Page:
In recognising the vital role that technology plays in securing business, SKF continues to move with the Industry 4.0 tide. In line with the company’s ‘World Class Manufacturing’ initiative, SKF has implemented the operator 4.0, a new approach to managing machinery and operations from the palm of employees’ hands.
Since SKF’s launch of the ‘World Class Manufacturing’ digitalisation model at Göteborg plant in 2015, the company has been rolling out new innovative digitalisation and automation features to improve production and turnaround times to the ultimate benefit of customers.
This automation transformation also upskills employees and enhances their job experience with smarter technology leading to a more productive and safer working environment. The introduction of Operator 4.0 relieves operators from manual tasks and requires them to broaden their knowledge in order to be in a position to understand a more comprehensive system, with multiple connections.
Smartphones are a vital part of this equation as data alerts on these devices enable operators to interpret information and make strategic decisions. To assist in this transition, SKF has hired data scientists and data analysts. These experts assist in upskilling and training employees to equip them with the necessary knowledge so that they are able to understand complex systems with multiple connections to ultimately work faster, smarter and safer.
The straightforward process of data collection to operator interpretation begins with the operator viewing real-time data of all machines which is conveniently displayed on a screen mounted in the assembly island area. The compact Multilog IMx-8 from SKF is an online data collection instrument that offers sophisticated, fit-for-purpose machine health monitoring.
The most recent addition to SKF’s highly popular IMx-16 and -32 channel machine health monitoring platforms, the IMx-8, then processes and interprets the data measured by the sensors (up to 8 channels in this case). QuickCollect is the software on the smart device (smartphones and tablets) that interprets the IMx-8 data in a user friendly and comprehensible format. Through the power of the IMx-8 and software, machinery results detected by the sensors including temperature, rotation speed, and vibrations, are sent directly to the operators’ mobile phones. Operators are able to view machine condition, when service is required or detect problems early, thus avoiding critical failures and costly replacements and downtime.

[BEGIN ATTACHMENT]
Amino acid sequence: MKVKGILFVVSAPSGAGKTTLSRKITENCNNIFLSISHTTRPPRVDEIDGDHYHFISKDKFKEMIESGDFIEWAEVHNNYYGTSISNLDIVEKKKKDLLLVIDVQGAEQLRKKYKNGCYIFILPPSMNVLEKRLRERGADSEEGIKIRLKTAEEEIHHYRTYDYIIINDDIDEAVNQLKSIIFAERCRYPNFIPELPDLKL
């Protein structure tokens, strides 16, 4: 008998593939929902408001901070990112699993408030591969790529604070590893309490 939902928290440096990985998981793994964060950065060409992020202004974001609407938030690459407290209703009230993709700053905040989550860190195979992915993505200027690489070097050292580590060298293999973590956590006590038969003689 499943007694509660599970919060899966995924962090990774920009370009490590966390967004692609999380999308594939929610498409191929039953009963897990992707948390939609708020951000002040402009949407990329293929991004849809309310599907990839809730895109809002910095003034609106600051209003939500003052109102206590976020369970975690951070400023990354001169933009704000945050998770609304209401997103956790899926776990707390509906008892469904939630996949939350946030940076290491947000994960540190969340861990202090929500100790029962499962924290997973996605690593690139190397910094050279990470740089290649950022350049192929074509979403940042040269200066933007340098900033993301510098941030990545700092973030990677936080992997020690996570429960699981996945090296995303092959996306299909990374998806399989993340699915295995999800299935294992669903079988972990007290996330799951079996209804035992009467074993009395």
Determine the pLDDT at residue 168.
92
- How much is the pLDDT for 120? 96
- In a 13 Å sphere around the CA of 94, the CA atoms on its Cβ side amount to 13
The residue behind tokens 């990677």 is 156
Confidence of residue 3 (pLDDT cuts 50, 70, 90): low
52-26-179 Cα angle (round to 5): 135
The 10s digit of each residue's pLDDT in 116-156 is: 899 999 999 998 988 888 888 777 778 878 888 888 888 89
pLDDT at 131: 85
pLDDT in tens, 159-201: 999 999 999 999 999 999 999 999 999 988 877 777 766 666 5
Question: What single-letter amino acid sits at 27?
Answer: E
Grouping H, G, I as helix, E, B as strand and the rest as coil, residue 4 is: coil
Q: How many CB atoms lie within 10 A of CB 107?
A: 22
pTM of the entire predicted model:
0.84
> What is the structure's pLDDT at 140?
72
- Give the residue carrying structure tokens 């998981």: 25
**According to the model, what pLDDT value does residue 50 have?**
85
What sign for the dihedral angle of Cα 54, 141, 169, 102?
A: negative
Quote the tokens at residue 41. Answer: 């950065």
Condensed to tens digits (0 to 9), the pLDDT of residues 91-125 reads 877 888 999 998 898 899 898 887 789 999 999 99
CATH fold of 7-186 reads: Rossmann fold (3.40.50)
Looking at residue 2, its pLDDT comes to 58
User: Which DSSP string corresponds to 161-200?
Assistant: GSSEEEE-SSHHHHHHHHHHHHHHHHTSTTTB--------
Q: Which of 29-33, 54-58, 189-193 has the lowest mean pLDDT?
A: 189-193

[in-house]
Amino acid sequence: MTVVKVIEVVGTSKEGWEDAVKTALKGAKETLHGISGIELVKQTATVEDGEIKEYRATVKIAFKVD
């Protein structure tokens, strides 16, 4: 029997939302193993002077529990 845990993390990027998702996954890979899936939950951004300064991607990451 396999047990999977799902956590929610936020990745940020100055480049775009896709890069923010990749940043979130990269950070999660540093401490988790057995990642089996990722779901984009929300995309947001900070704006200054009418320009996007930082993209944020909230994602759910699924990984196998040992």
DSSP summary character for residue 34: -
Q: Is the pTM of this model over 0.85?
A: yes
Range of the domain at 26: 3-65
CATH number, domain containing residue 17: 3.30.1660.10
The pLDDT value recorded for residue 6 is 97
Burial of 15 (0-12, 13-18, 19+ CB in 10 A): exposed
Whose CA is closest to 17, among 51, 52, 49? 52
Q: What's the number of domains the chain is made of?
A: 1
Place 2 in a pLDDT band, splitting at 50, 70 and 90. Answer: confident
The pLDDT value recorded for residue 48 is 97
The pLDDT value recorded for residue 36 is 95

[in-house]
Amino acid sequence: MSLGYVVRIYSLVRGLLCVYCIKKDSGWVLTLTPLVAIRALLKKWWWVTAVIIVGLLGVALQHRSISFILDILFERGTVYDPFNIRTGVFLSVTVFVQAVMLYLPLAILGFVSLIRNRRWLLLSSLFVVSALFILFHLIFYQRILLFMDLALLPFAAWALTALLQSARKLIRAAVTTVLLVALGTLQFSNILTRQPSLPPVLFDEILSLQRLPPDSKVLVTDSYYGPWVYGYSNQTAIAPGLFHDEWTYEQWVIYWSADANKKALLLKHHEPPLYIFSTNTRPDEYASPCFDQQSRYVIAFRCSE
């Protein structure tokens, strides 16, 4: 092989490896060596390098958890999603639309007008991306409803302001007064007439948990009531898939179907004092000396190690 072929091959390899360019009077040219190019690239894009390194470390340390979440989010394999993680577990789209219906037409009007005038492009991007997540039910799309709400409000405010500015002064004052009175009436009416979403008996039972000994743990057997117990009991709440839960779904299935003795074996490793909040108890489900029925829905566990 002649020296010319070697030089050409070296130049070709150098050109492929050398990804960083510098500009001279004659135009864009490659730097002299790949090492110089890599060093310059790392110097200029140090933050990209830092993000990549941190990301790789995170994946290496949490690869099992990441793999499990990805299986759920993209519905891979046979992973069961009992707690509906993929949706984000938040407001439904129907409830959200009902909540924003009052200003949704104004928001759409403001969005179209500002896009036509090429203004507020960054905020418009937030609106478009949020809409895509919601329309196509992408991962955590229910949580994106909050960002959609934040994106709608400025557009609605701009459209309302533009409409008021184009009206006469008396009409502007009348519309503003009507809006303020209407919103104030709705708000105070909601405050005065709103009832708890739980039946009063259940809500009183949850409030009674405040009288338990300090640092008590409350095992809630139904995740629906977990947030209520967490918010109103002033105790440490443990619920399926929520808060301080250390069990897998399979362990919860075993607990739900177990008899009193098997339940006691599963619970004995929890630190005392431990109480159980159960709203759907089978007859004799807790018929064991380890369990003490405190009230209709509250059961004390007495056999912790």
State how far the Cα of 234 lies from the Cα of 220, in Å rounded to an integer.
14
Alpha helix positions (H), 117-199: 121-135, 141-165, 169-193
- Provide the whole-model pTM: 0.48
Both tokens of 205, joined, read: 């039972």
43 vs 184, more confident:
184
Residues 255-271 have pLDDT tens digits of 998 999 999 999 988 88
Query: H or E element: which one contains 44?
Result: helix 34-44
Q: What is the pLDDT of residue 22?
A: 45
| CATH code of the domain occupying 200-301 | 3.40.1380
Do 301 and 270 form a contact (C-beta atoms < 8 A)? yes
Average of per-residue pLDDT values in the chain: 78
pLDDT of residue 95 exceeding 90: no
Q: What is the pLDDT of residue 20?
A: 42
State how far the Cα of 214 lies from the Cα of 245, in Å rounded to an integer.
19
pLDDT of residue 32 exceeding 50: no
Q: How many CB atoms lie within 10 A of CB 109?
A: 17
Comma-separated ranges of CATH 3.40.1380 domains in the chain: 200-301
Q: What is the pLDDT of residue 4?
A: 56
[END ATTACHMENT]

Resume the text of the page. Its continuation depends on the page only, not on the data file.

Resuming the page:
In the event of an anomaly, an alert is sent to the operator’s smartphone via the ‘MOST’ application. Developed in-house by the Connectivity Room, this versatile application allows the operator to move between the assembly islands and view the instructions at each workstation by scanning the data matrix placed on each unit.
In addition to being privvy to information which was previously restricted, operators are now also able to exchange information with colleagues via an integrated chat messaging application. This functionality allows employees and their supervisors to be connected at various locations.
In this digital age it is widely accepted that new technology also means increased risk and this too has been addressed by SKF. The company has introduced a number of measures to limit any potential hazards: Segmenting the physical network into virtual sub-networks, ordering two firewalls, and working on the development of a system to block viruses transferred via USB port inputs. Furthermore, e-learning modules and IT security workshops are conducted with employees to generate improved awareness on IT security and risks.
SKF employees are reaping the benefit of cutting-edge technology through the acquisition of new IT skills and the use of the smartphones in the workplace. With the recent implementation of these dynamic digital solutions, SKF is poised to elevate employee skills and enhance production quality and performance for the ultimate benefit of SKF customers.